A little over a month ago on the 31st of October, Google released “Site Kit” for WordPress. It blends together all of Google’s tools like Analytics, Search Console, and PageSpeed insights, and presents their results together in the WordPress report screen. It’s a neat idea, and I can see where they’re going with it. WordPress is the most popular platform on the web, and by presenting all of Google’s tools in one easy package, they’re trying to create a solid foothold that provides great value.
However, after testing it out, I won’t be using Google’s Site Kit for WordPress, and I’ll give my reasons in this article.
But First – They Got Verification Right
To be honest, there is ONE killer reason to use Google’s Site Kit, and that is easy verification of your site property. As of now, if you want to sign up for Google Analytics, you need to prove that the site is yours either by adding some meta HTML code to your site, or by creating a special file with a unique filename that Analytics can use to verify your site. The same is true with Google’s search console.
But with Site Kit, all you need to do is install the plugin in WordPress, and all your verifications happen automatically. You just need to grant permissions to the plugin to access your various Google properties, and you’re done. You can connect to all of Google’s services with a few clicks and be up and ready in just a few minutes.
Honestly, even if Google didn’t allow you to see your site’s reports in one location, this by itself provides pretty good value. Weird right?
But the reasons why I won’t use Google’s Site Kit has more to do with my suspicious about Google software, built up over years and years. As well as my general philosophy about centralization that I’ll detail below.
Dislike the Additional Layer of Centralization
For a lot of people, being able to centralize their reports is a big benefit. They like going to one place to see everything. I can understand that, since I used to feel that way myself. These days however, I’m going in the opposite direction – decentralization.
The centralization offered by Site Kit requires additional work on the server at the backend, and though it might not be much, I like to keep my site as clean as possible. Additional plugins always come with a downside of possible slowdowns and bugs. So if the only benefit is centralization, it’s something I try and stay away from.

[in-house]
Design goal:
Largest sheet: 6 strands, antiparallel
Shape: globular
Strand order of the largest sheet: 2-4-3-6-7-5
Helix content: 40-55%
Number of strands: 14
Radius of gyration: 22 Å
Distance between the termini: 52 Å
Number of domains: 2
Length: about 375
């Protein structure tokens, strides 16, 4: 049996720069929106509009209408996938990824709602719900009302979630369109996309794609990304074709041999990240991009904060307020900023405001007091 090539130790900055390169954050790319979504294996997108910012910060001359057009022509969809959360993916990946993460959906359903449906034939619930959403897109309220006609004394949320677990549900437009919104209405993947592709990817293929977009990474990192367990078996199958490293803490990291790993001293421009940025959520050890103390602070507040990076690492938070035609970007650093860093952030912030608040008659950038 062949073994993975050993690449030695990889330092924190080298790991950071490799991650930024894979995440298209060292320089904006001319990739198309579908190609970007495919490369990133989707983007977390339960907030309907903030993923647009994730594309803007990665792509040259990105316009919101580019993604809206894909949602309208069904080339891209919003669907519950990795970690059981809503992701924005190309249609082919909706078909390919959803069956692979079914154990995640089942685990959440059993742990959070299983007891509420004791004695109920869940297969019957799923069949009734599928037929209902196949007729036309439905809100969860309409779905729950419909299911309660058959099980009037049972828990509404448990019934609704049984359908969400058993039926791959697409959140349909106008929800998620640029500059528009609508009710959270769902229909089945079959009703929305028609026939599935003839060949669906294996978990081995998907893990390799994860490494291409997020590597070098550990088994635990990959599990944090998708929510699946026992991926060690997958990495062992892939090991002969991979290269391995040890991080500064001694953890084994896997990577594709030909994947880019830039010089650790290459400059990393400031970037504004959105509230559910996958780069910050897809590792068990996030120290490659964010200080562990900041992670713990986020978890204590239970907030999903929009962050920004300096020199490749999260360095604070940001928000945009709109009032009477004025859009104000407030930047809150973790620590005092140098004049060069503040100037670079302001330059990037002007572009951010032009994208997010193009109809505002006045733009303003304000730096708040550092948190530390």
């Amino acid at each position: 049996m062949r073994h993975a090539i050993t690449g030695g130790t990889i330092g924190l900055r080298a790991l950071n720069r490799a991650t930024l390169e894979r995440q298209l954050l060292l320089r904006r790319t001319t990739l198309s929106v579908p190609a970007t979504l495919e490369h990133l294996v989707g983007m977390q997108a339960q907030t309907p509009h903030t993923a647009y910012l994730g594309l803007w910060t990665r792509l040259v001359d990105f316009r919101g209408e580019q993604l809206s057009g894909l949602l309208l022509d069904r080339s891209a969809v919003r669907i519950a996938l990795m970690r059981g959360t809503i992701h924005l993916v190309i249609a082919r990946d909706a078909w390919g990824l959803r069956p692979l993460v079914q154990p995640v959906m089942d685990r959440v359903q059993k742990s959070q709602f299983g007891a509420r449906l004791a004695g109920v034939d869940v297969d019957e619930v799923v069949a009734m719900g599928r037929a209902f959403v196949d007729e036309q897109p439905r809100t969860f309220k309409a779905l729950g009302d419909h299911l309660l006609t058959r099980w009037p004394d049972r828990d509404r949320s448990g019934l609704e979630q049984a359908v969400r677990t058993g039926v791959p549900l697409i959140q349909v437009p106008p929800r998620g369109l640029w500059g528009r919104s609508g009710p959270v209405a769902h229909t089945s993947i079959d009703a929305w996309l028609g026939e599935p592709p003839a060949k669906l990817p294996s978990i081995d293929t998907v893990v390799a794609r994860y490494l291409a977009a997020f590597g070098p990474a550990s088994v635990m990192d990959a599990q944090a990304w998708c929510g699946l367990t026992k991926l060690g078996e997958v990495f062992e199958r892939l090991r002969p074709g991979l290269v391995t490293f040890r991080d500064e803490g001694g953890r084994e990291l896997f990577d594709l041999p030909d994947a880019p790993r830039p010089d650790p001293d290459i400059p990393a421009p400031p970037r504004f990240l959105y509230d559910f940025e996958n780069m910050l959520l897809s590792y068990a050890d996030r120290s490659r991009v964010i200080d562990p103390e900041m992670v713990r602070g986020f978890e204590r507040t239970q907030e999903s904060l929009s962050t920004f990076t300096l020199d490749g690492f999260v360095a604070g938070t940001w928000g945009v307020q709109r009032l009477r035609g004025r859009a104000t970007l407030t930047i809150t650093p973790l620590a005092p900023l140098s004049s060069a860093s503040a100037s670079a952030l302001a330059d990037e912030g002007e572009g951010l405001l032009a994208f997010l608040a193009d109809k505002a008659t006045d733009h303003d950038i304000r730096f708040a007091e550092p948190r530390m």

Moreover, Site Kit doesn’t make thematic sense to me. WordPress is a content creation platform. If I want to see reports, I’d like to use a separate application for that. I don’t want to mix up and burden one platform with the features of another. Admittedly, this is a question of personal preference. But I like to head off problems on my site before they become problems. I have no idea what kind of updates Google is going to make that can have a negative impact on my site – either deliberately or accidentally. And like I said, if the sole benefit is centralization, I can do without it.
Google’s Poor Track Record in Maintaining Software
I used to be a huge Google fanboy. I used all their cool free software, advocated for them, testing out their stuff…only to be disappointed over and over. Google sends products to the graveyard, or gives up on them completely, leaving them to rot. I’ve been burned by Google Reader, Google Health, Google Wave, endless messaging applications, Google+ – the list goes on and on.
At this point, I rely on Google only for those products that directly tie into its revenue – search, Gmail (with Gsuite etc), Analytics. Of everything else, I am deeply suspicious. I don’t trust Google to continue to maintain any piece of software for long. It’s simply not in their DNA. And Site Kit is sufficiently removed from Google’s revenue stream that I don’t have great hopes for its longevity.
A complex WordPress plugin requires considerable attentiveness. It needs to survive code rewrites, changing standards, bugfixes, and whatnot. I just don’t trust Google enough to be comfortable with installing their software on a mission-critical website, sorry!
The key benefit of Google’s Site Kit is centralization and easy verification. But for me personally, none of that is enough to overcome my inherent doubts about the impact and general unreliability of Google when it comes to 3rd party software.
I’m a NameHero team member, and an expert on WordPress and web hosting. I’ve been in this industry since 2008. I’ve also developed apps on Android and have written extensive tutorials on managing Linux servers. You can contact me on my website WP-Tweaks.com!
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